Finally, we went along a bit farther, and found the crocs! They were alive and trussed up on the ground - about six of them - all around 3-4 feet long. I have to admit that they didn't look particularly happy - their skin was very dark and dry looking and it also looked quite baggy. I'm not sure that there would be that much meat on them either. We wondered if they were farmed? We asked for the price and were told 45000 CFA (90.00USD). I think they were advertising the non-local price. Anyway, we may think a bit more about having a croc on the barbie for Australia Day next week. I will have to ask Raoul - our day crew in the office - what price he thinks he can get it for. (Unfortunately no croc photos as we didn't want to give offence or reveal our cameras to potential pickpockets when so deep into the market.)
On the table above the crocs were turtles - one was really enormous and also still alive. I didn't see any snakes but I have to admit, there was so much to see, it was hard to take it all in. Plus after the boys kept scaring me with a toy snake this week, I wasn't looking too hard.
After having one last look around, we thanked our generous guide and said goodbye. We then tried to find our way out of the wet market maze to undertake mission two: the fabric.
Fabric here comes in 6-yard lengths. It is called the "pagne" and it is made into the gorgeous dresses the local women wear. Our mission was to get 12 yards of blue and white fabric with "les fleurs". I can't remember how many shops and stalls we looked in - it wasn't a huge number - but I think blue and white designs are not the most popular here - the more colourful, the better. We eventually found a place that had a slightly larger range and some blue and white material. We negotiated in our minimal French and after finally getting the deal we were hoping for, the shopkeeper started talking English! Fortunately minimal English but it was very funny all the same. And when Sharon decided to buy a second lot of material, she got a really good buy. Then the shopkeepers wanted pics of the crazy white women in their shop - so there was a bit of snapping from a variety of cameras before we left.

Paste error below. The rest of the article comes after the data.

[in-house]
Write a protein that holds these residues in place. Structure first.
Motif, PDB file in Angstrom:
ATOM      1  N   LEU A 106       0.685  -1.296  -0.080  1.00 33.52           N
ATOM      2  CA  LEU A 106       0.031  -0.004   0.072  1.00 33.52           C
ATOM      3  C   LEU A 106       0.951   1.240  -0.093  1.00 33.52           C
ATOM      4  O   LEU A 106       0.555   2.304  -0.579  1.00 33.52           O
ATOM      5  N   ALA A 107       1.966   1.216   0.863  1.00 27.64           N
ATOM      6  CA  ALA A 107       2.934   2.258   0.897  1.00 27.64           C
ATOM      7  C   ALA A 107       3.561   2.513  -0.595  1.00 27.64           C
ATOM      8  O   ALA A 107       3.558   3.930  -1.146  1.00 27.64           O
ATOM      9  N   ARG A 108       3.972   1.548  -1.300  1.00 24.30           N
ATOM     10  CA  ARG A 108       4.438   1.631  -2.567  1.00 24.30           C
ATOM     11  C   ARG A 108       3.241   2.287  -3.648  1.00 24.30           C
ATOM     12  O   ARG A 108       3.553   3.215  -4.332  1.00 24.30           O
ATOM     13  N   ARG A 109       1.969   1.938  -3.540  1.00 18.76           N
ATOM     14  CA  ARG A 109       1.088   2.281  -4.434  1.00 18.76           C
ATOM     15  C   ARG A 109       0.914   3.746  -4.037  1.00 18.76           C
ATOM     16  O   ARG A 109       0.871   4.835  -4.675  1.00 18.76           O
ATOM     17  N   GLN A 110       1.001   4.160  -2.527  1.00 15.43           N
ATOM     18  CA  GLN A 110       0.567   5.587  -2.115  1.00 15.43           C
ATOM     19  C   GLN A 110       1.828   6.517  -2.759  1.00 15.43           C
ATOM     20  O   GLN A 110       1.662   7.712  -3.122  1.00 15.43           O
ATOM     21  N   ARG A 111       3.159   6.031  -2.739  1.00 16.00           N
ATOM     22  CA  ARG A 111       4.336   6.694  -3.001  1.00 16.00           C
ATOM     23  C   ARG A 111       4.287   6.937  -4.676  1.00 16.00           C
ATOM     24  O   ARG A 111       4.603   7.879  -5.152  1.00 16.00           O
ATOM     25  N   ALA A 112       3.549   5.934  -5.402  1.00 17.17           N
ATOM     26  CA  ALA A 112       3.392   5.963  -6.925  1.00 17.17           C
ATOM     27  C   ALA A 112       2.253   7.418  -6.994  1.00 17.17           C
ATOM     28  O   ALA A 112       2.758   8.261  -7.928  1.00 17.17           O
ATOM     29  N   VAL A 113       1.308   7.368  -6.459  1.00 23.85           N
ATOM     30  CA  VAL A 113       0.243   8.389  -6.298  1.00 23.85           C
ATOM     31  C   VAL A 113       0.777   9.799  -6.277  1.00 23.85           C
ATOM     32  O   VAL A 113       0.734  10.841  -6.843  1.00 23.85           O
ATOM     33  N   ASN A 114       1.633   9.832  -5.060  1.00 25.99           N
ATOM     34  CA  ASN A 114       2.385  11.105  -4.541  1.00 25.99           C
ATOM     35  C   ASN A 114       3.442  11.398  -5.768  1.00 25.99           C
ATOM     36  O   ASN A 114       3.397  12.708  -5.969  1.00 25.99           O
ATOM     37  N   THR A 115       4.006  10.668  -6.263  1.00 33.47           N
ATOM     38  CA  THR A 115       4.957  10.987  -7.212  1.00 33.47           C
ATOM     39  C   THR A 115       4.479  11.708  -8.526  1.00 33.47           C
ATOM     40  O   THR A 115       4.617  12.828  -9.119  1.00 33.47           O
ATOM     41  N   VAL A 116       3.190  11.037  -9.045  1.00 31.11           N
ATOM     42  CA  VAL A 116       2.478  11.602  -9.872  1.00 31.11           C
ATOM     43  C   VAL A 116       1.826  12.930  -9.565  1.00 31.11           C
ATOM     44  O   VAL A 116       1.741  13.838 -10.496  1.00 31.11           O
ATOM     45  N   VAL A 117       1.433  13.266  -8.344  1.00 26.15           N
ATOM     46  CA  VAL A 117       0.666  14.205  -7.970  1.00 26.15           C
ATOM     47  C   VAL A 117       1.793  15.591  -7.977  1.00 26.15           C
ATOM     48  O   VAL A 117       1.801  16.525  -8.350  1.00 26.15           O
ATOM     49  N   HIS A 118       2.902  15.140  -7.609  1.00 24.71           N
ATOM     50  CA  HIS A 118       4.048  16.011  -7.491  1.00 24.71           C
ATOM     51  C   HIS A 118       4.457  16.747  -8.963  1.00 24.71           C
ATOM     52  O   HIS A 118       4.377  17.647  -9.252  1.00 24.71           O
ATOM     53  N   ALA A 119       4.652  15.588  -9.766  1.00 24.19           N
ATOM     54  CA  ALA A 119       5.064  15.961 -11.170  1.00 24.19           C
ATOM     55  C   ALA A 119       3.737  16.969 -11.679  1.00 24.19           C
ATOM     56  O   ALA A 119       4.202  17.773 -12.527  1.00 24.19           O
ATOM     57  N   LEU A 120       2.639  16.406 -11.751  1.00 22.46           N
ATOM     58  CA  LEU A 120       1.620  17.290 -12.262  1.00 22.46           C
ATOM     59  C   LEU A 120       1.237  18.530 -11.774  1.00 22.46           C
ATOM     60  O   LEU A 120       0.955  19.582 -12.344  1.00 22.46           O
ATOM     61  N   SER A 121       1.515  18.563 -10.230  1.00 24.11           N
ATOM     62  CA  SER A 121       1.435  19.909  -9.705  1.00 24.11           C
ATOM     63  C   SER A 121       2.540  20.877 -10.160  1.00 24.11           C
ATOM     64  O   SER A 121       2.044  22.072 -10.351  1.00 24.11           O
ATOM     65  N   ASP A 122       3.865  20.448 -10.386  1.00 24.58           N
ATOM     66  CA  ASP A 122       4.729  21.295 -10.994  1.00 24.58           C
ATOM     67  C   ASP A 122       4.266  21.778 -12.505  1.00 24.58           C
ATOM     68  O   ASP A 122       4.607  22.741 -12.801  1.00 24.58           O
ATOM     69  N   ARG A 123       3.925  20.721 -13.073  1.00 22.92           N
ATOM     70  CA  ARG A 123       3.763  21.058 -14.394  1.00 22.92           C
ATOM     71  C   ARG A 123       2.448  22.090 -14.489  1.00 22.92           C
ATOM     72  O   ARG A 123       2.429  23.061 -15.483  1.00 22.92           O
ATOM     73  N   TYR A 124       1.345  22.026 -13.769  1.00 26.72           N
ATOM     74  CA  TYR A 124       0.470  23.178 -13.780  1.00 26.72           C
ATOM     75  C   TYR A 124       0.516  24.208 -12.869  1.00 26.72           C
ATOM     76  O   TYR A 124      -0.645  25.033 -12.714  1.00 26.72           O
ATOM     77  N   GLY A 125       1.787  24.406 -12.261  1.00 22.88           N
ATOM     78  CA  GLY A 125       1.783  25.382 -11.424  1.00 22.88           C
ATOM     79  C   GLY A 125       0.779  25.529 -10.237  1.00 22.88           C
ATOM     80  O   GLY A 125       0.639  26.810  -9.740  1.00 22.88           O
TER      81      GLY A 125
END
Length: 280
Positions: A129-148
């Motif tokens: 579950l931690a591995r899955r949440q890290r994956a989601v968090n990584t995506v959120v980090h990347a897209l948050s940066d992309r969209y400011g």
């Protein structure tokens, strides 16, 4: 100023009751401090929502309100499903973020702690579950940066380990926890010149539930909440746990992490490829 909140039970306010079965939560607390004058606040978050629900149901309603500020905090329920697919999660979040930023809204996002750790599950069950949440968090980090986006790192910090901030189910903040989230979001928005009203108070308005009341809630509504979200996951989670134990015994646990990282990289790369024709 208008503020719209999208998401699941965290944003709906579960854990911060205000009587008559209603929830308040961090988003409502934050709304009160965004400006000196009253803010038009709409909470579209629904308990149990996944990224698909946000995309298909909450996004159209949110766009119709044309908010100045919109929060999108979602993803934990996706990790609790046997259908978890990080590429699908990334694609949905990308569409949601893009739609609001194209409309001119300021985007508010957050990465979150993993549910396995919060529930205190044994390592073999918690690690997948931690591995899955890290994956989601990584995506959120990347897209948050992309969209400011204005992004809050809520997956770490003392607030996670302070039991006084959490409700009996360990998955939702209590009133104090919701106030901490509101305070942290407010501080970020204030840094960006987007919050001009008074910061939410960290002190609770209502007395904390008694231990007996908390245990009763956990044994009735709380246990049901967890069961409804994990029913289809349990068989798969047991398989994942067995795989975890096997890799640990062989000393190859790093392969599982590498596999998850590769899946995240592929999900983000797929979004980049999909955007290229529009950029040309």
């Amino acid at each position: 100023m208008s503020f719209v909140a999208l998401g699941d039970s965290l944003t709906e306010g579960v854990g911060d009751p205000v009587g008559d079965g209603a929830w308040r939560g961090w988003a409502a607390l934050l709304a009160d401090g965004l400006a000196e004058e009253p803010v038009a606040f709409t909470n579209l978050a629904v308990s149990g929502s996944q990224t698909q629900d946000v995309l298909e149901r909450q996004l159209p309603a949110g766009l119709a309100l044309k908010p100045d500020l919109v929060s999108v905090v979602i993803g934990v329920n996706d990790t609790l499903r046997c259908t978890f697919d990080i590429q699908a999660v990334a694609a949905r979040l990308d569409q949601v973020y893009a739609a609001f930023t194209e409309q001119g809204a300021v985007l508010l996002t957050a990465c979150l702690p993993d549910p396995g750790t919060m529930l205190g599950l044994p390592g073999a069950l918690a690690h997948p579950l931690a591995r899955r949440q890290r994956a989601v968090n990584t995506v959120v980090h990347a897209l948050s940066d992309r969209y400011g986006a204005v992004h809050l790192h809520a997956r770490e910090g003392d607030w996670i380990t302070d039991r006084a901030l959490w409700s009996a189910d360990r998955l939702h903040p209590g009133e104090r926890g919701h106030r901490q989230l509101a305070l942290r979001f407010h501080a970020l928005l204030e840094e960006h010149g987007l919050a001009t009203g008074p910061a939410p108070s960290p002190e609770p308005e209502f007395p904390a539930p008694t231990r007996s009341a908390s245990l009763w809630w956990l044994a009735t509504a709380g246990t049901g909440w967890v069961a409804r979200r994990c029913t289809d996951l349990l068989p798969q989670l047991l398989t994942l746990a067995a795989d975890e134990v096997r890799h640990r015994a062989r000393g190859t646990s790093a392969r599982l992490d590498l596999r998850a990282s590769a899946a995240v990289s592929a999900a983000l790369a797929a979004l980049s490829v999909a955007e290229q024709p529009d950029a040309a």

Last mission now: spinach and feta. I had seen excellent local "epinard" when we were finding our way out of the wet market - but now I couldn't find my way back. We eventually bought 5 bunches for 500 CFA ($1) and then walked out of the market to La Cite - Super Marche and patisserie. The supermarket is run by Lebanese owners and has a fantastic bakery at one end. It also smells delicious! It is not quite as expensive as the Casino supermarket but you cannot get everything you are after either. Even so, I love to get the bread and hummus (in a can) there when in get the chance.
Finally, we went to the patisserie - a little oasis in the Saturday morning chaos. Now that we have visited several times, and once on a Mums trip with 12 people, one of the waitresses came across to greet us - almost like long lost friends. We were given kisses on both cheeks when we arrived and hugs when we left. She loves to practice her English with us and correct our French - and we get to order goodies to do so!
After a pleasant lunch, we said goodbye and headed down the street to the western supermarket.
Nevertheless, it was a fantastic day, experiencing more of life in the Congo.